It’s important to ground your capital campaign in relevance. You’ve already described the needs of your organization and how you hope to resolve them. Here is your chance to show the larger community impact and the timeliness of your campaign. It’s likely that your nonprofit works to meet the needs of individuals as well as the larger community in which you live. Showing how you fit into the bigger picture can be an effective way to compel your donors to contribute.
Part 5: Where Do You Fit In?
When developing your brochure, put yourself in your donors’ shoes. Anticipate the kinds of questions your donors will have, and answer the major ones in your brochure. Then, your donors will see your materials as a credible resource for understanding the issue or cause you work to aid. You’ll give them confidence in the necessity and success of your campaign’s mission. Draw the donor in and make it personal with context that makes them part of the solution. Lead with something like, “this is where you come in….” You want your donors to feel that their contribution is vital to your campaign’s success and to show how the larger issue may be affecting their lives. You can also use this section to thank your donors in advance for their support.
Strong visuals are crucial to ensure that donors can visualize the intended outcome of the campaign that their dollars are going to fund, as well as the people who are going to benefit from this development.
Focus on being visually cohesive. Bring design elements from your nonprofit’s website or other printed materials into your brochure, so readers will be quick to associate your campaign with your organization. If you have a logo or design aesthetic in use for other campaign materials, be sure to use them consistently across the board. Consistency and a unified message will enhance the credibility of your capital campaign.
Leave a generous about of negative space to help the most important information stand out and make it easier for readers to process. Try to keep your information simple, but as effective as possible, with a clear call to action.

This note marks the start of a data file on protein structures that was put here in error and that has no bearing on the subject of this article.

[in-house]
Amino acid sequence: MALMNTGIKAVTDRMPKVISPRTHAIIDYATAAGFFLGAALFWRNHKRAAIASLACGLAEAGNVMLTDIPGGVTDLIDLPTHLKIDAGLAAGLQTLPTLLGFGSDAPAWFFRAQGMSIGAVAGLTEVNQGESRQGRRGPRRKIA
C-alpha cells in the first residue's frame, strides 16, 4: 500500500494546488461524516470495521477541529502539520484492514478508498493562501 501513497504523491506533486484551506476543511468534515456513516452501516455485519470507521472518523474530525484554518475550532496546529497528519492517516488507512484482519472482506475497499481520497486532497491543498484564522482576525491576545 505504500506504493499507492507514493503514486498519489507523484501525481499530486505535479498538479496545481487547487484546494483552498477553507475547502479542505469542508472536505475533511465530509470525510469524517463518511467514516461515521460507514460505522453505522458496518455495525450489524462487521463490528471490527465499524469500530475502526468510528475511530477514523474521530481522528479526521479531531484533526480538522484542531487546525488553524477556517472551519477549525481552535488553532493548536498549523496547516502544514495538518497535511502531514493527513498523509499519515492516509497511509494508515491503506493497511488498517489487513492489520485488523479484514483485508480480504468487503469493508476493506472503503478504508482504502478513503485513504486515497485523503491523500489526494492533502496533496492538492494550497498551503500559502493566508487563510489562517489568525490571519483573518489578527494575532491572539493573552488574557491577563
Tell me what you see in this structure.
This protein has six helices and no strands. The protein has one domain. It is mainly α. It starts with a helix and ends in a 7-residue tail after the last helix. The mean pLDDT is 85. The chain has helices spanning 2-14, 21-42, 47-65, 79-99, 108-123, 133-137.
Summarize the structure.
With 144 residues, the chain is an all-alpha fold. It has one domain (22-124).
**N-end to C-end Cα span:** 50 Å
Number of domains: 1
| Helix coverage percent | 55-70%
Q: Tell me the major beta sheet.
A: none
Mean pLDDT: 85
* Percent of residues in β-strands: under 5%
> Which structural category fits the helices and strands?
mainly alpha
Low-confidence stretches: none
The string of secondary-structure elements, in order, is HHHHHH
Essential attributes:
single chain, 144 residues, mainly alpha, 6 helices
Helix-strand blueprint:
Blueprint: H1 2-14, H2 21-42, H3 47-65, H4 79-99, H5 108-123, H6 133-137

Adopt a multi-channel approach. A brochure can help drive traffic to a website, where donors can learn more about your organization and make donations. Include the essentials in your brochure and integrate it with your digital marketing, making it easy for your donors to donate, contact you, and find your digital resources.
We are surrounded by words. They are spoken to and by us, written to persuade us, intrigue us, and inform us. Words are a major way that we communicate. Putting words together in creative and compelling ways is a big part of what marketing is all about.
But not all words are created equal. It takes time to come up with just the right copy to convey the value your brand or organization has to offer and make the case for why you are the perfect fit for your audience. Words have power. When you find the right combination, your marketing strategy can shine.
So, what do you need to know to make your copy more compelling and ensure it is read?
1) A Personal Touch
Try addressing your marketing copy from one individual to one individual. If you’re writing a direct mail letter or sending a marketing email, you can send that piece from a specific member of your organization. This makes it more personal. Addressing your copy to an individual member of your audience will grab their attention and give a sense of added importance to the piece. The recipient will feel that the piece was intended for them specifically, rather than as one of many. They will be more likely to read your copy, get the message you want them to receive, and, hopefully, act on that message.
2) Place Your Audience at the Center
When crafting a piece of marketing content, you want your recipient to be at the center of the letter, not your business. This seems counter-intuitive, right? Isn’t the point of marketing to show the value of your company?